Stroke is a leading cause of death in developed nations with a majority of those ischemic in nature. Extracranial carotid artery atherosclerotic disease is the third leading cause of ischemic stroke in the general population (3). While medical management including antiplatelet therapy, treatment of hypertension, hyperlipidemia, diabetes, and smoking cessation have been shown to decrease the risk of stroke, surgical intervention in the form of CEA has been widely investigated in several randomized control studies and has proven efficacy in the appropriate patient population. A 2017 Cochrane systematic review along with other robust reviews found CEA most effective in symptomatic patients with >70% and is of some benefit for patients with 50-69% symptomatic stenosis (4,5). Surgery plays a limited role in complete or near complete occlusion (6).

While the above trials deal primarily with symptomatic carotid stenosis, a different pathology known as free-floating thrombus (FFT) can exist with or without carotid stenosis. As in our case, these patients are typically younger patients without established peripheral vascular disease or other systemic cardiovascular diseases. They typically have underlying atherosclerotic disease that predisposes them to thromboembolic events and as such are at a high risk for recurrent ischemic strokes. Most studies show that patients with FFT who are treated medically with anticoagulation have complete dissolution of the FFT without any further neurologic progression (7,8).

In contrast to FFT, our case patient was found to have a finger-like projection from the posterior wall of the right ICA just distal to its bifurcation without evidence of luminal thrombus. Our patient had persistent ischemic CVAs despite therapeutic anticoagulation and antiplatelet therapy with warfarin and aspirin, respectively. She continued to have persistent imaging findings of a small finger like projection on repeat neck CTAs. Intraoperatively, no thrombus was identified but rather a small plaque was resected which appeared to be similarly shaped to the finger-like projection seen on her CTA with an irregular intraluminal surface thought to be the nidus for thrombus formation. Upon further examination of the plaque by pathology, no gross calcifications were identified. Histologically no signs of microscopic ulceration or intraplaque hemorrhage were identified to indicate an unstable plaque, which is more commonly seen in advanced atherosclerotic disease. Critical differences in plaque morphology have been found to highly correlate with whether a patient has symptomatic or asymptomatic carotid disease (9).

There is a single similar case from 2011 from our institution, describing a 48-year-old woman who presented with intermittent hand numbness, facial weakness, and dysarthria (10). CTA of her head and neck demonstrated a several millimeter protrusion from her posterior ICA just distal to the bifurcation.  The patient had recurrent neurologic symptoms attributed to ongoing cerebral emboli despite anticoagulation and antiplatelet requiring CEA, during which organized thrombus was found in continuity with her isolated thin (1 mm) posterior carotid artery atherosclerotic plaque. It was concluded that the development of significant neurologic symptoms in the context of minimal stenosis is due to carotid endothelial hyperplasia with organizing thrombus on top of a small preexisting carotid atherosclerotic plaque. Similarly, our case report illustrates a patient receiving maximal medical therapy in the form of warfarin anticoagulation and antiplatelet therapy with persistent ischemic CVAs and an intraluminal plaque. The previous case had evidence of organizing thrombus while our case demonstrated only irregular plaque. This could either be because any adherent thrombus was washed out during the opening or that the thrombus itself had resolved with prolonged anticoagulation, leaving the finger-like plaque in the lumen. This speaks to a different pathology than what is typically observed in patients with FFT in that this intraluminal plaque morphology itself likely places the patient at risk for recurrent thrombus formation.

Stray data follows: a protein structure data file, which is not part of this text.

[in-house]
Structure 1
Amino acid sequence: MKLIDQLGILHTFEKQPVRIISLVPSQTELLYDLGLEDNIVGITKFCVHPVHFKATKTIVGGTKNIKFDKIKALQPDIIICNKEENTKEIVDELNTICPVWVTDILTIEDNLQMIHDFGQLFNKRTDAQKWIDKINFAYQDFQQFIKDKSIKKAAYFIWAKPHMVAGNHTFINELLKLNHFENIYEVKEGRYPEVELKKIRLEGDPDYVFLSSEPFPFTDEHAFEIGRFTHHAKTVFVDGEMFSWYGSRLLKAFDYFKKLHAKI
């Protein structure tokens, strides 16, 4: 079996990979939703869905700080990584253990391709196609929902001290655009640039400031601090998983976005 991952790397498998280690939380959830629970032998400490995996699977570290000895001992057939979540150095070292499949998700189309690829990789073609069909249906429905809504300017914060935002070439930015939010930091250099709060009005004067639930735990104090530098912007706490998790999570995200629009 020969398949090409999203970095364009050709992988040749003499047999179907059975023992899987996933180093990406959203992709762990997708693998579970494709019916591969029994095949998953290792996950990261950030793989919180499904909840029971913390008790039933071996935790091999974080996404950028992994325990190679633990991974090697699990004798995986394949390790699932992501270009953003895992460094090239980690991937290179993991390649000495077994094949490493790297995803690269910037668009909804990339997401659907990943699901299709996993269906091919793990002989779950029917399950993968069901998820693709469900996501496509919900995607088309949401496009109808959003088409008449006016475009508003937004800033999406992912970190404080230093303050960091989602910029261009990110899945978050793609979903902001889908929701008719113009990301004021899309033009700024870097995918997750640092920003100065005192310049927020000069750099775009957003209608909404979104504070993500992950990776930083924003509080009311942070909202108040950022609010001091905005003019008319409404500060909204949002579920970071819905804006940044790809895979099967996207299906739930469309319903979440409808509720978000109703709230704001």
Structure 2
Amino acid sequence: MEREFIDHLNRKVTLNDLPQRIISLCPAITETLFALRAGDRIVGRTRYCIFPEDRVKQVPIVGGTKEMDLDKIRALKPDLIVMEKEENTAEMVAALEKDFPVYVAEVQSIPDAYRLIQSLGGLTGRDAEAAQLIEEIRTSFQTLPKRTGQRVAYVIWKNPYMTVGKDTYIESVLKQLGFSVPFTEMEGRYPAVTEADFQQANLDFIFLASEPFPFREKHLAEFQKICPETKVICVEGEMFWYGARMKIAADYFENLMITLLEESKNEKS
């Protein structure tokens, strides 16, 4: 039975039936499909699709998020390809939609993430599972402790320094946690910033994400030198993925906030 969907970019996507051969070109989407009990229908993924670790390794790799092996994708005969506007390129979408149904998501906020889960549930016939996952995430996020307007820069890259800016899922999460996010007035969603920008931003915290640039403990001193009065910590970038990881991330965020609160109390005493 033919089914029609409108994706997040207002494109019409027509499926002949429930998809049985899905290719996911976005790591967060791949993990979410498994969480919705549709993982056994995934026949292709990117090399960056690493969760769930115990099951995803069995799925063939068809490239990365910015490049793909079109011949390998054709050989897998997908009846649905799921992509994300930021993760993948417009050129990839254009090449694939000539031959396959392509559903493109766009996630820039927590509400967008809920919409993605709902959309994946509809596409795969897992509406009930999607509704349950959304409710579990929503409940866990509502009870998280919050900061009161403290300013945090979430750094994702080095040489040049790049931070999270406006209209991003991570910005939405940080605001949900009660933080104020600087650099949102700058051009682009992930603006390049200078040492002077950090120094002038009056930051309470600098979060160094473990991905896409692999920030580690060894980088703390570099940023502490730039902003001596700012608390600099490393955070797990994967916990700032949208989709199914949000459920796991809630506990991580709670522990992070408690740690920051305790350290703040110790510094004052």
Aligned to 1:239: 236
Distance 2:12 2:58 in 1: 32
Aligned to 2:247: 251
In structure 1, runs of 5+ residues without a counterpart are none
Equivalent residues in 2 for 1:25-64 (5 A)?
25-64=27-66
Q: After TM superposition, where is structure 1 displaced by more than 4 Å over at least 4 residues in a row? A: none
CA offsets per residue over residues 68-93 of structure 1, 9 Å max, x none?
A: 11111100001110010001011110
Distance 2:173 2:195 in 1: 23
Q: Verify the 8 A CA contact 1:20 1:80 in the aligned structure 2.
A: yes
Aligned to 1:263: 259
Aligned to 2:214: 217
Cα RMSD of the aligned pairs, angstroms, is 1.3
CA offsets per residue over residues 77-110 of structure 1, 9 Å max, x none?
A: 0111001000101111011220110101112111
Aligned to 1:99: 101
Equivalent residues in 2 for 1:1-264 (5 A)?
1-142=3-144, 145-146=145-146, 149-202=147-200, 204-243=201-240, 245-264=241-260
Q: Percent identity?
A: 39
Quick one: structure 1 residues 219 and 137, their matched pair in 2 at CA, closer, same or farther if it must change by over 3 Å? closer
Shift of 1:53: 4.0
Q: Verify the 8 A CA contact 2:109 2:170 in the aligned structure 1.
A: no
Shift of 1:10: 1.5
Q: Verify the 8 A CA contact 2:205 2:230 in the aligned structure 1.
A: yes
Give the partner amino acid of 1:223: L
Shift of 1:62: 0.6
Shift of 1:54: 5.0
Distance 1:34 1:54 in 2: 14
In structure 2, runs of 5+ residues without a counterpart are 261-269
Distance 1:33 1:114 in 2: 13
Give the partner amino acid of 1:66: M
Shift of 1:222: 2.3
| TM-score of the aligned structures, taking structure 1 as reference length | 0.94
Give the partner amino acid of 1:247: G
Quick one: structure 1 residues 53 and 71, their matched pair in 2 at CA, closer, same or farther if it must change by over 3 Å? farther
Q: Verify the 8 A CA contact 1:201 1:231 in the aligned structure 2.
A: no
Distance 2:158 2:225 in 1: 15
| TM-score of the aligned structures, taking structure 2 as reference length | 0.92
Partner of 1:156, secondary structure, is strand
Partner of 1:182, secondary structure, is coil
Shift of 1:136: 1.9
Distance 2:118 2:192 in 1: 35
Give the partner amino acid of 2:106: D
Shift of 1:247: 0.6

In summary, our rare etiology of stroke is heretofore unreported in the perioperative medicine literature. This case illustrates that in an otherwise healthy patient without systemic cardiovascular disease, the possibility of significant but minimal isolated carotid disease may be a nidus for thrombus and ultimately an embolic etiology for a significant neurologic injury. This report, along with the similar case described by Tran and Yonas (10), do not indicate a clear causal relationship. However, it is plausible that the described recurrent ipsilateral strokes are related to these uncommon and characteristic carotid morphologic findings. These assertions are further substantiated by the lack of any new symptoms during all patient follow-up visits. Nonetheless, a detailed study to document morphology involving a large sample of similar plaques of otherwise similar size and composition would be needed in order to make a definitive conclusion regarding the association between this finger-like carotid projection and recurrent CVAs. Perioperative and critical care physicians need to be aware that advanced radiological imaging is required to identify this isolated carotid pathology. Its association with cerebral emboli should be considered when presented with recurrent CVA events in the context of minimal evidence of atherosclerotic disease on routine carotid screening studies.

References

  1. Kernan WN, Ovbiagele B, Black HR, et al. Guidelines for the prevention of stroke in patients with stroke and transient ischemic attack: a guideline for healthcare professionals from the American Heart Association/American Stroke Association. Stroke. 2014;45(7):2160-236. [CrossRef] [PubMed]
  2. Meschia JF, Bushnell C, Boden-Albala B, et al. Guidelines for the primary prevention of stroke: a statement for healthcare professionals from the American Heart Association/American Stroke Association. Stroke. 2014;45(12):3754-832. [CrossRef] [PubMed]
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  7. Vellimana AK, Kadkhodayan Y, Rich KM, et al. Symptomatic patients with intraluminal carotid artery thrombus: outcome with a strategy of initial anticoagulation. J Neurosurg. 2013;118(1):34-41. [CrossRef] [PubMed]
  8. Bhatti AF, Leon LR, Jr., Labropoulos N, et al. Free-floating thrombus of the carotid artery: literature review and case reports. J Vasc Surg 2007;45(1):199-205. [CrossRef] [PubMed]
  9. Virmani R, Ladich ER, Burke AP, et al. Histopathology of carotid atherosclerotic disease. Neurosurgery. 2006;59(5 Suppl 3):S219-27; discussion S3-13. [CrossRef] [PubMed]
  10. Tran H, Yonas H. Small carotid thrombus and minimal stenosis causing repeated embolic strokes. J Neuroimaging. 2011;21:266-8. [CrossRef] [PubMed]

Cite as: Gerstein NS, Nguyen LC, Akbik OS, Yonas H, Carlson AP. A finger-like projection in the carotid artery: A rare source of embolic stroke requiring carotid endarterectomy. Southwest J Pulm Crit Care. 2018;16(3):150-5. doi: https://doi.org/10.13175/swjpcc022-18 PDF